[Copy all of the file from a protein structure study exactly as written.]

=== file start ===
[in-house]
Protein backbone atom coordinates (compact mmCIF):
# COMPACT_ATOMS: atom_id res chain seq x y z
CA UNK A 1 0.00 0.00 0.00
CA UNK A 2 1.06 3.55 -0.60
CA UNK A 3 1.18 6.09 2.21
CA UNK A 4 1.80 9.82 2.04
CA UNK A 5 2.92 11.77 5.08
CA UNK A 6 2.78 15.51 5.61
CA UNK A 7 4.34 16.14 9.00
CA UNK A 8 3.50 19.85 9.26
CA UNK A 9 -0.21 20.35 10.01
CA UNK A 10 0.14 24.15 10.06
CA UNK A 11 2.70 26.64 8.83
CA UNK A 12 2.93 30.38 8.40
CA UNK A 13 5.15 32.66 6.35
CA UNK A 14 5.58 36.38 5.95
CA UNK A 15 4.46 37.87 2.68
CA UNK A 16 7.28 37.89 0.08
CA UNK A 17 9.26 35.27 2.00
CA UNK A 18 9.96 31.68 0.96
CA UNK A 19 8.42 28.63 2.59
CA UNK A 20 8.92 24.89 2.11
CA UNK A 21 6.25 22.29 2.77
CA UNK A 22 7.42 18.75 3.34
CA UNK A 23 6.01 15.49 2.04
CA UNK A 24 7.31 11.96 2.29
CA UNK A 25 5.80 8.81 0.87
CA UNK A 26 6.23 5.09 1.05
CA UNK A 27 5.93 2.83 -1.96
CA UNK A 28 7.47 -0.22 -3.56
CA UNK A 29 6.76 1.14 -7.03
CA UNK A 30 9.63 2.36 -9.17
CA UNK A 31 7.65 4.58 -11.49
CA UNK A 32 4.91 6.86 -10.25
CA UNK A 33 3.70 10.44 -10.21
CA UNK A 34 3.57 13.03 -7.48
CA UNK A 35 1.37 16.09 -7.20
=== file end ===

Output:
[in-house]
Protein backbone atom coordinates (compact mmCIF):
# COMPACT_ATOMS: atom_id res chain seq x y z
CA UNK A 1 0.00 0.00 0.00
CA UNK A 2 1.06 3.55 -0.60
CA UNK A 3 1.18 6.09 2.21
CA UNK A 4 1.80 9.82 2.04
CA UNK A 5 2.92 11.77 5.08
CA UNK A 6 2.78 15.51 5.61
CA UNK A 7 4.34 16.14 9.00
CA UNK A 8 3.50 19.85 9.26
CA UNK A 9 -0.21 20.35 10.01
CA UNK A 10 0.14 24.15 10.06
CA UNK A 11 2.70 26.64 8.83
CA UNK A 12 2.93 30.38 8.40
CA UNK A 13 5.15 32.66 6.35
CA UNK A 14 5.58 36.38 5.95
CA UNK A 15 4.46 37.87 2.68
CA UNK A 16 7.28 37.89 0.08
CA UNK A 17 9.26 35.27 2.00
CA UNK A 18 9.96 31.68 0.96
CA UNK A 19 8.42 28.63 2.59
CA UNK A 20 8.92 24.89 2.11
CA UNK A 21 6.25 22.29 2.77
CA UNK A 22 7.42 18.75 3.34
CA UNK A 23 6.01 15.49 2.04
CA UNK A 24 7.31 11.96 2.29
CA UNK A 25 5.80 8.81 0.87
CA UNK A 26 6.23 5.09 1.05
CA UNK A 27 5.93 2.83 -1.96
CA UNK A 28 7.47 -0.22 -3.56
CA UNK A 29 6.76 1.14 -7.03
CA UNK A 30 9.63 2.36 -9.17
CA UNK A 31 7.65 4.58 -11.49
CA UNK A 32 4.91 6.86 -10.25
CA UNK A 33 3.70 10.44 -10.21
CA UNK A 34 3.57 13.03 -7.48
CA UNK A 35 1.37 16.09 -7.20